Seeing all their dreams and the hard work they had put into building their family home go up in smoke, just five years after they had completed the finishing touches, was, obviously, utterly heartbreaking for these homeowners.
Country-lovers, they’d made the decision to move from the outskirts of Christchurch in Dorset to the centre of the coastal town. ‘The children were growing up and we were a car ride from the centre. We wanted to be within walking distance of things for them, but retain a sense of rural life,’ says the homeowner.
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After finding a suitable bungalow for sale, the couple spent a year remodelling it to create a spacious five-bedroom house. The family enjoyed their new home for five years, until disaster struck.
‘We were on holiday when we got a phone call from our son, to tell us there had been a fire in the house. The fire itself wasn’t the main problem – it was the smoke damage,’ says the homeowner. ‘Everything was stained black. It was complete devastation.’ But the couple weren’t beaten, and set about salvaging what was left, so that they had a warm and welcoming family home yet again.
When the couple decided to move, they rented in the town until a suitable bungalow came up for sale. The property they eventually bought, only 100 yards from the house they were living in, hadn’t made an impression at all initially. ‘It was an unassuming house with the front door at the side, two bay windows and a very large roof.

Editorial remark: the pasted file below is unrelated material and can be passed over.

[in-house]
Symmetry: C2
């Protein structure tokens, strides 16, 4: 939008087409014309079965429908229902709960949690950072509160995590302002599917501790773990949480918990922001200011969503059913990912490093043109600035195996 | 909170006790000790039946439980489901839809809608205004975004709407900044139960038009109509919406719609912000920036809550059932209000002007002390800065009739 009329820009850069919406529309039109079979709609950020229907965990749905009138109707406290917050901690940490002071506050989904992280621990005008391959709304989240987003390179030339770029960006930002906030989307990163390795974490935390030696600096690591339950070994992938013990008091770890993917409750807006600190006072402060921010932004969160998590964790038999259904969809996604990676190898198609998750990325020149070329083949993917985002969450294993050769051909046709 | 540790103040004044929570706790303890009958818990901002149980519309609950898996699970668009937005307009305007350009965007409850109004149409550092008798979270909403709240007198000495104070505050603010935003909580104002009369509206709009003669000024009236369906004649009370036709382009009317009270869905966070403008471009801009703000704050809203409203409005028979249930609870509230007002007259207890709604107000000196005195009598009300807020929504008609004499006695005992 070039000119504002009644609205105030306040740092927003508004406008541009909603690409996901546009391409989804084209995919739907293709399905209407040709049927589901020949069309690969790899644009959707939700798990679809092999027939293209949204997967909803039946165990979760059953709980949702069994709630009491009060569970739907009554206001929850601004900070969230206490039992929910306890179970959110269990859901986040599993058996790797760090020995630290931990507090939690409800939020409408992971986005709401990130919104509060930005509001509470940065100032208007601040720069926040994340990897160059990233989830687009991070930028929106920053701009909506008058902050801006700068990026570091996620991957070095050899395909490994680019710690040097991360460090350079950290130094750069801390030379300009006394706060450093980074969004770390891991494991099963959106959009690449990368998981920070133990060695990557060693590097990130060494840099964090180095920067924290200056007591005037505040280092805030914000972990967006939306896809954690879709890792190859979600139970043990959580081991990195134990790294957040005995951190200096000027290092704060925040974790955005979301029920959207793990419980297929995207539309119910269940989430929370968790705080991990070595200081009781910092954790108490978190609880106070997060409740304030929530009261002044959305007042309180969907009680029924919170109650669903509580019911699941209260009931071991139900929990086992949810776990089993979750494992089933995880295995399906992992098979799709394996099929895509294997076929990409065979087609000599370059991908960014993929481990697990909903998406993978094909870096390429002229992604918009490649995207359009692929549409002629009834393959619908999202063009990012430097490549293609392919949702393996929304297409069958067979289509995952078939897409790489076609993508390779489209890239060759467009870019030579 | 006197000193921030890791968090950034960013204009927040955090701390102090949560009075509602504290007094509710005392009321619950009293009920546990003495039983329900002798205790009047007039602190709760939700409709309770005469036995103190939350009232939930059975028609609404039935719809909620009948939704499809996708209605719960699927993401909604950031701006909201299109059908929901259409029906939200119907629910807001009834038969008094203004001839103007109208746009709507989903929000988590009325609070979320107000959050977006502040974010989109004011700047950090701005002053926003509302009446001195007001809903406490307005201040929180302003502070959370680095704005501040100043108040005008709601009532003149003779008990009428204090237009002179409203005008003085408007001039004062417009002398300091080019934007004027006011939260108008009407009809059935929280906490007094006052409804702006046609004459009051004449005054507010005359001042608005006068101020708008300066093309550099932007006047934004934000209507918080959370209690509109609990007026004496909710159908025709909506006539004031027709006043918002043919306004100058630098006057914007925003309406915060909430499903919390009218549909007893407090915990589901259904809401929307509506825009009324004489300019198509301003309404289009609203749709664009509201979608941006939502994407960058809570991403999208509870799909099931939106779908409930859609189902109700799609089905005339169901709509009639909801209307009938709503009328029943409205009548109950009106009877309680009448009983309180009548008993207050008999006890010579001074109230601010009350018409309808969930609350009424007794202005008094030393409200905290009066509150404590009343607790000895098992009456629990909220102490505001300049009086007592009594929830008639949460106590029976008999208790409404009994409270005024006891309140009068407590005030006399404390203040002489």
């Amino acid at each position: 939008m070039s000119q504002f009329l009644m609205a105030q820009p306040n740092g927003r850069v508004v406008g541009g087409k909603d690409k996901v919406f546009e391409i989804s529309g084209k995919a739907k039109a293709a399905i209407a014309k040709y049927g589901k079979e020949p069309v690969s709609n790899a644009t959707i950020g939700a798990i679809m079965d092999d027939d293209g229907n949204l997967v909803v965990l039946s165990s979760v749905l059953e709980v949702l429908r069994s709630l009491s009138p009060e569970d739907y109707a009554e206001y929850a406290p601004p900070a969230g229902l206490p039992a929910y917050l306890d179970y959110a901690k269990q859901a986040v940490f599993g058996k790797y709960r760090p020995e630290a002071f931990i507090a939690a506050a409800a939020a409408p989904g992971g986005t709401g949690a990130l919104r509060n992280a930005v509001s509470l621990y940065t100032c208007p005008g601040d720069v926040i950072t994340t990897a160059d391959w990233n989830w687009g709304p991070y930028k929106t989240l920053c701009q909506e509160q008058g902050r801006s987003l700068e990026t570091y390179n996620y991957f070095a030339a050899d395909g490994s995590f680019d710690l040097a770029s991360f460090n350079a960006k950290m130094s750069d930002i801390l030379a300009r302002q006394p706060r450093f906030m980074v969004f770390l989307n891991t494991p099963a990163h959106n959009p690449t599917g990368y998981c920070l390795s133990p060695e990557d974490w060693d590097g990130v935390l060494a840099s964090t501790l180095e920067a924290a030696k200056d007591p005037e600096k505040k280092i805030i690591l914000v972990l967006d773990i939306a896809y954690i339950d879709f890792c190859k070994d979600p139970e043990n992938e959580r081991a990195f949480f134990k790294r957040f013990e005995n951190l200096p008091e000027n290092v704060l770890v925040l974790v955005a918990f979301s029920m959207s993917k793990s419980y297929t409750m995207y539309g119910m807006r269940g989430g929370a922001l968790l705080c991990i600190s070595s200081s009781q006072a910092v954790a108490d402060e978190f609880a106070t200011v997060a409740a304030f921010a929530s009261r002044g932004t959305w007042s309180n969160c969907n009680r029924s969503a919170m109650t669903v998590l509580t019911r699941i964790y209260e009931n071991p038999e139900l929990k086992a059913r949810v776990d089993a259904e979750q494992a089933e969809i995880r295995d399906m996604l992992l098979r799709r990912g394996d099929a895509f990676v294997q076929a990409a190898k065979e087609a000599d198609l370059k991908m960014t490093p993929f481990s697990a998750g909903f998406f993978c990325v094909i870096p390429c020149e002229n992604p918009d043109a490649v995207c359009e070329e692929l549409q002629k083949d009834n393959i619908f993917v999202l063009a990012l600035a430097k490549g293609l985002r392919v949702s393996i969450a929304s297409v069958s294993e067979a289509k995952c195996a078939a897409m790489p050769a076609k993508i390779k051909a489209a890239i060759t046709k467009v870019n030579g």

When I saw the roof space, I instantly knew it had potential,’ says the homeowner. But it was the garden that clinched the deal for her. ‘Despite the neighbouring houses, it was completely private; all I could hear was birdsong and all I could see was sky. There was little sense of the town around us at all.’
The homeowner knew they could make the layout work for them. ‘We had the space and the wherewithal to do it,’ she says. ‘So I started drawing footprints of the house with a door at the front. I gave these to my brother, who is an architect, and he came up with the idea of having double-height bay windows on the new first floor.’
A ground-floor extension was then built on to the back to create an open-plan family room and kitchen-diner with lots of glazing and huge, full-width bifold doors that open out to the garden.
‘I wanted this to be the part of the house where everyone spends time together. It’s where we all naturally gravitate – the rest of the house flows from here,’ says the homeowner. A glazed pergola, complete with decking, was added on to the extension to create a sheltered alfresco entertaining area.
Then came the fire. ‘The fire had started in the glazed family room so everything had to be taken back to the brickwork in there and the double glazing all need to be replaced,’ says the homeowner. Luckily, she was able to salvage the kitchen cabinets. She chose to paint the island in an aubergine shade to add a touch of drama to the space.
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The homeowner carried the aubergine accent colour throughout the rest of the family room, too. ‘I prefer shades that gently recede. Then I’ll lift the scheme with a feature colour,’ says the homeowner. Now lots of natural wood, quirky patchwork tiles and soft wool upholstery in damson shades give the open-plan space the modern country look she favours, and sumptuous fabrics bring a luxe feel.
Upstairs, a further three double bedrooms, two of which are en suite, plus a family bathroom, were created in the roof space. French-style furniture gives this bedroom a sophisticated, feminine feel.
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The homeowner stuck to neutral shades and greenery to create a sanctuary feel in the bathroom.
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‘It’s a lovely home and we appreciate it all the more since the fire,’ says the homeowner. ‘When we first moved back in, it felt a bit like a showhome, but now that it’s been lived in for a little while, it’s really comfortable and very us.’